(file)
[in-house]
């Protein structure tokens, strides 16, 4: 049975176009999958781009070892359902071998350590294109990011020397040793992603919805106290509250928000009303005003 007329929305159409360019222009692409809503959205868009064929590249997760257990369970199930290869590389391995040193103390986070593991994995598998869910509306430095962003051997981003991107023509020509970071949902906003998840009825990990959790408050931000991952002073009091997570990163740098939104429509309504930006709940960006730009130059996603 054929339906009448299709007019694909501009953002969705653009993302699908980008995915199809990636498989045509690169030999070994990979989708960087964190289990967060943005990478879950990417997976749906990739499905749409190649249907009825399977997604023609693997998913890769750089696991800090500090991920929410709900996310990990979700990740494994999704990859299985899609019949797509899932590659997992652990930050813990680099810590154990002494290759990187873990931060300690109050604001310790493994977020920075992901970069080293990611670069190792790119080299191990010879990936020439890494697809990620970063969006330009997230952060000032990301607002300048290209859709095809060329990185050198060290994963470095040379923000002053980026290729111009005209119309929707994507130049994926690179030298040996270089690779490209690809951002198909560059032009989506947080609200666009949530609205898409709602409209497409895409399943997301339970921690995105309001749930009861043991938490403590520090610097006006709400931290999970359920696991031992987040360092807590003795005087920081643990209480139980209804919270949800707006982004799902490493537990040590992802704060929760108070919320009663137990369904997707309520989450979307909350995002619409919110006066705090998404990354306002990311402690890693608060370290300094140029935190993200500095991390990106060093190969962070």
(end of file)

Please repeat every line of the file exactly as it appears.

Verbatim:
[in-house]
């Protein structure tokens, strides 16, 4: 049975176009999958781009070892359902071998350590294109990011020397040793992603919805106290509250928000009303005003 007329929305159409360019222009692409809503959205868009064929590249997760257990369970199930290869590389391995040193103390986070593991994995598998869910509306430095962003051997981003991107023509020509970071949902906003998840009825990990959790408050931000991952002073009091997570990163740098939104429509309504930006709940960006730009130059996603 054929339906009448299709007019694909501009953002969705653009993302699908980008995915199809990636498989045509690169030999070994990979989708960087964190289990967060943005990478879950990417997976749906990739499905749409190649249907009825399977997604023609693997998913890769750089696991800090500090991920929410709900996310990990979700990740494994999704990859299985899609019949797509899932590659997992652990930050813990680099810590154990002494290759990187873990931060300690109050604001310790493994977020920075992901970069080293990611670069190792790119080299191990010879990936020439890494697809990620970063969006330009997230952060000032990301607002300048290209859709095809060329990185050198060290994963470095040379923000002053980026290729111009005209119309929707994507130049994926690179030298040996270089690779490209690809951002198909560059032009989506947080609200666009949530609205898409709602409209497409895409399943997301339970921690995105309001749930009861043991938490403590520090610097006006709400931290999970359920696991031992987040360092807590003795005087920081643990209480139980209804919270949800707006982004799902490493537990040590992802704060929760108070919320009663137990369904997707309520989450979307909350995002619409919110006066705090998404990354306002990311402690890693608060370290300094140029935190993200500095991390990106060093190969962070």